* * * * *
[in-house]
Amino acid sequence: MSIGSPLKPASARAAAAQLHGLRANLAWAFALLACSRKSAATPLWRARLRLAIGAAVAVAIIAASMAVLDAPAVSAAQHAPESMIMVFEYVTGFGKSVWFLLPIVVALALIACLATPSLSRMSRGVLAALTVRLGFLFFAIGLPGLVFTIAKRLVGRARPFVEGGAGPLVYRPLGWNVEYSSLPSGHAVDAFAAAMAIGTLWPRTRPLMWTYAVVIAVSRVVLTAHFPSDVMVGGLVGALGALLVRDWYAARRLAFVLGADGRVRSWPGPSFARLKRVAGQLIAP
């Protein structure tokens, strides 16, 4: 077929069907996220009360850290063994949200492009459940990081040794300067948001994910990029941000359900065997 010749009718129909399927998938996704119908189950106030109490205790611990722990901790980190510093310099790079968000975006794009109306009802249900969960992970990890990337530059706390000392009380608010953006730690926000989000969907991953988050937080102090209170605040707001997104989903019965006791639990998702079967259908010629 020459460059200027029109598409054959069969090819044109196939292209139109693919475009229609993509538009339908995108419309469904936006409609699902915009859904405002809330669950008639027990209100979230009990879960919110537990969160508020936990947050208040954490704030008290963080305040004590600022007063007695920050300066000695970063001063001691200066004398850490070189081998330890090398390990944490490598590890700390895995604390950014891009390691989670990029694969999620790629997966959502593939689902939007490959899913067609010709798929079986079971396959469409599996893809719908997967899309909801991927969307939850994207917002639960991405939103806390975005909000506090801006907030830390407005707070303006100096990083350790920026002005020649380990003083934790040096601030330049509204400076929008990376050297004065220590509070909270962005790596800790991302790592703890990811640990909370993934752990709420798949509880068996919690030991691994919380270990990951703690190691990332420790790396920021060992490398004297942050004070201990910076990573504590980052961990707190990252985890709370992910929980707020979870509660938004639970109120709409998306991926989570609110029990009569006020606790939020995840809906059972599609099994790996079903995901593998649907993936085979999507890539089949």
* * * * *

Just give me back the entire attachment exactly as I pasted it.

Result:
[in-house]
Amino acid sequence: MSIGSPLKPASARAAAAQLHGLRANLAWAFALLACSRKSAATPLWRARLRLAIGAAVAVAIIAASMAVLDAPAVSAAQHAPESMIMVFEYVTGFGKSVWFLLPIVVALALIACLATPSLSRMSRGVLAALTVRLGFLFFAIGLPGLVFTIAKRLVGRARPFVEGGAGPLVYRPLGWNVEYSSLPSGHAVDAFAAAMAIGTLWPRTRPLMWTYAVVIAVSRVVLTAHFPSDVMVGGLVGALGALLVRDWYAARRLAFVLGADGRVRSWPGPSFARLKRVAGQLIAP
């Protein structure tokens, strides 16, 4: 077929069907996220009360850290063994949200492009459940990081040794300067948001994910990029941000359900065997 010749009718129909399927998938996704119908189950106030109490205790611990722990901790980190510093310099790079968000975006794009109306009802249900969960992970990890990337530059706390000392009380608010953006730690926000989000969907991953988050937080102090209170605040707001997104989903019965006791639990998702079967259908010629 020459460059200027029109598409054959069969090819044109196939292209139109693919475009229609993509538009339908995108419309469904936006409609699902915009859904405002809330669950008639027990209100979230009990879960919110537990969160508020936990947050208040954490704030008290963080305040004590600022007063007695920050300066000695970063001063001691200066004398850490070189081998330890090398390990944490490598590890700390895995604390950014891009390691989670990029694969999620790629997966959502593939689902939007490959899913067609010709798929079986079971396959469409599996893809719908997967899309909801991927969307939850994207917002639960991405939103806390975005909000506090801006907030830390407005707070303006100096990083350790920026002005020649380990003083934790040096601030330049509204400076929008990376050297004065220590509070909270962005790596800790991302790592703890990811640990909370993934752990709420798949509880068996919690030991691994919380270990990951703690190691990332420790790396920021060992490398004297942050004070201990910076990573504590980052961990707190990252985890709370992910929980707020979870509660938004639970109120709409998306991926989570609110029990009569006020606790939020995840809906059972599609099994790996079903995901593998649907993936085979999507890539089949």